It was 2013 and I got received a call from one of my users.
Photo by Ryan Parker on Unsplash
At the time I was working on a aviation maintenance software system. The conversation went something like this
Them: Hey Ben - how do I remove an aircraft [from your software system]?
Me: You find the aircraft and change the status to Inactive. Why do you ask?
Them: the plane crashed, total loss
The news hit me like a strong punch to the gut. I was shocked.
Your car needs maintenance - scheduled (due every X days), unscheduled (something broke) and recalls.
Aircraft are the same but they have a lot more of it and it can get complex. The program I wrote managed all this plus a whole lot more.
The person who got in touch was the Maintenance Controller, responsible for planning and signing off all the work.
Pilots would enter their flight times (hours, landings, etc) and would occasionally run a report to see what was coming up with maintenance.
Why it bothered me
The first link
The first link I received from my user included a photo of the wreckage. It’s seared into my memory.
I knew the customer well
I’d known this airline for years. They were my first customer. I had gone onsite on several occasions, spent time with many members of the team and even met some of their families. I considered many of the staff my friends.
In this case I didn’t know the pilot. They were a trainee at the flight school associated with the airline.
The aircraft was loaded in the system so he would have entered his flight time into my system. It’s likely I would have seen their name. I recall seeing the aircraft registration (rego) on many occasions.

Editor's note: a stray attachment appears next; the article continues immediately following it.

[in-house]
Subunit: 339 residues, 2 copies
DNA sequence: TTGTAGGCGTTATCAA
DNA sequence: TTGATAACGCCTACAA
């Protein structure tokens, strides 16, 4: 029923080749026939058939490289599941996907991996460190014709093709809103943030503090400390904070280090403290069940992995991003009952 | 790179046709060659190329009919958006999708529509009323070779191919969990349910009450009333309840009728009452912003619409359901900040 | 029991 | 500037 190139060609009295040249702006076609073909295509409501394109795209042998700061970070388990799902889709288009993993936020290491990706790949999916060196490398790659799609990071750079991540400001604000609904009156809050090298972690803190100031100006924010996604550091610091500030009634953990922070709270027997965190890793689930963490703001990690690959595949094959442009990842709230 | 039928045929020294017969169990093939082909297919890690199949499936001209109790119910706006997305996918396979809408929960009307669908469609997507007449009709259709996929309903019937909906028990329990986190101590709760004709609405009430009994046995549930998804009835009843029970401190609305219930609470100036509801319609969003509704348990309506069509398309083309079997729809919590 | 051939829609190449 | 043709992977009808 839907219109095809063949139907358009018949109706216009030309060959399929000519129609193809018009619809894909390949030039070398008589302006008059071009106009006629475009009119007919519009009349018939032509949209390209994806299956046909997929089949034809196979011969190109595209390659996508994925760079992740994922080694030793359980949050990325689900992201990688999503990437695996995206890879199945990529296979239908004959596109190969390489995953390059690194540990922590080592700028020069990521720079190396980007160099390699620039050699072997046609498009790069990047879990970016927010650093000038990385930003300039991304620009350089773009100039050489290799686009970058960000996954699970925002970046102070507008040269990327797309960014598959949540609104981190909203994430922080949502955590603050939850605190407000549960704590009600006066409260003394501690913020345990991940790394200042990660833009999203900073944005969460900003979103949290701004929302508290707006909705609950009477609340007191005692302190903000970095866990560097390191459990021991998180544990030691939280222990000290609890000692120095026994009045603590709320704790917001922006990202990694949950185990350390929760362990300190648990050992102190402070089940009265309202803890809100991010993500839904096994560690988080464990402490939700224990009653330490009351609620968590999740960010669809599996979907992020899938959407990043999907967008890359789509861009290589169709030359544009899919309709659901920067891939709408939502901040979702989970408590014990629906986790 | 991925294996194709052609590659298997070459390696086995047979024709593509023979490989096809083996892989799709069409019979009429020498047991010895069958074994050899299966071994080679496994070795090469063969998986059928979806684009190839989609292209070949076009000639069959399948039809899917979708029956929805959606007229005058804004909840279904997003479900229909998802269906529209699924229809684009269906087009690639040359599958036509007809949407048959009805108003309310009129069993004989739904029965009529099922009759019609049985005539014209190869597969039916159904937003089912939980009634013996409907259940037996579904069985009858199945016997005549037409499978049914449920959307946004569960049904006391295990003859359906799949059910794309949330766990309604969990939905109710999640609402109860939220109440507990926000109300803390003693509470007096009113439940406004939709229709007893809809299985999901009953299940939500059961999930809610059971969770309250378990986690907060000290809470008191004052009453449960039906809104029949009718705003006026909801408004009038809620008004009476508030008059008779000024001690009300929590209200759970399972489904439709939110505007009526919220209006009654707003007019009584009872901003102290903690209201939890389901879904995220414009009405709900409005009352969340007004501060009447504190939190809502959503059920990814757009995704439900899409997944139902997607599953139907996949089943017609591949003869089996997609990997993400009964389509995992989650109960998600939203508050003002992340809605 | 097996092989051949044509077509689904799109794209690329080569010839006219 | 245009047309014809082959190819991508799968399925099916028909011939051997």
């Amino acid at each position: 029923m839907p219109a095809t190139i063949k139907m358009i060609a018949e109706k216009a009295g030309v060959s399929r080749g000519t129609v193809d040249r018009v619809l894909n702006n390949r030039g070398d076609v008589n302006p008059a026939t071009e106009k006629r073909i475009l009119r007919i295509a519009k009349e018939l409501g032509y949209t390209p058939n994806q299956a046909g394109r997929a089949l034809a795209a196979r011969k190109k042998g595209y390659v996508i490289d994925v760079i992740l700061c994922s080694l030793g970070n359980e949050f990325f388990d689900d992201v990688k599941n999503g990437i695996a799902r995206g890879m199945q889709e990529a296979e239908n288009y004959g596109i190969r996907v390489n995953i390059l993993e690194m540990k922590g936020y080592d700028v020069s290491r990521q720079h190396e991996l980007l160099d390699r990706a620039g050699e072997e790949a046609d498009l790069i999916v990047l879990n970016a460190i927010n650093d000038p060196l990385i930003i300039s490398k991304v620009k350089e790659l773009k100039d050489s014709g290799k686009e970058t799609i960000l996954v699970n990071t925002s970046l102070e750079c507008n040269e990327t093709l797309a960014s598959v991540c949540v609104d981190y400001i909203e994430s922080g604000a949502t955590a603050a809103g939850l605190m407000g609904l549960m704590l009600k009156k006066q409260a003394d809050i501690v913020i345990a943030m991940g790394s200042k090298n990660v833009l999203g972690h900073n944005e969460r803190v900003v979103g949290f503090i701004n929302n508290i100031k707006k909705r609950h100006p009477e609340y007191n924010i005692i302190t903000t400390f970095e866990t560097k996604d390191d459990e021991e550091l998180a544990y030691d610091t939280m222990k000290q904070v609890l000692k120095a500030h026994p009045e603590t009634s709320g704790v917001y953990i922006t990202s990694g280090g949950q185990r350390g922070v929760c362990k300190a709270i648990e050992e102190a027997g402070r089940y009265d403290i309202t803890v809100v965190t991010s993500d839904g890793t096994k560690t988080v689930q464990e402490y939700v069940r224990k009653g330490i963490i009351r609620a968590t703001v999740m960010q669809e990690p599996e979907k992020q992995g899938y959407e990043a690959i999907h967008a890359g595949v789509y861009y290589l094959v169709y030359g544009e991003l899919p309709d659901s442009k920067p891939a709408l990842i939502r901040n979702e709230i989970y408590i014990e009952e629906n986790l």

I felt so bad for my friend, the maintenance controller. You could hear the heaviness in his voice as he spoke - the type of tone that immediately gives away that something is wrong.
Was it my system?
That was one of my first thoughts when I heard the news. My system calculated how long a piece of work had left i.e. if it was due every 365 days or 1,000 landings, it might tell you there was 29 days and 123 landings left. Perhaps it was badly off?
The simple answer was no, that wasn’t it and my user wasn’t even suggesting that was the case. I later discovered it was a case of pilot error.
Despite this, this incident would haunt my thoughts whenever I built another feature to this program. It reinforced
- the importance of quality and the need to push back if I feel quality is being sacrificed for, say, speed
- the need to listen to users
- the importance of digging into stats & errors. Especially at any hint that something could be wrong, such as exceptions from Raygun.
Leaving it behind
As time went past my team and I would hear news of other incidents and deaths involving customers. None were users of my maintenance system but, once again, the sorrow and grief was felt as we knew the customers well.
Years later I left that company. I had put in 10 years and felt like I was leaving on a high note.
A small, blessed relief was knowing I wouldn’t receive another call of a crash.
To this day I periodically force myself to scan the news in the hope of finding nothing as I still care about the people within those airlines.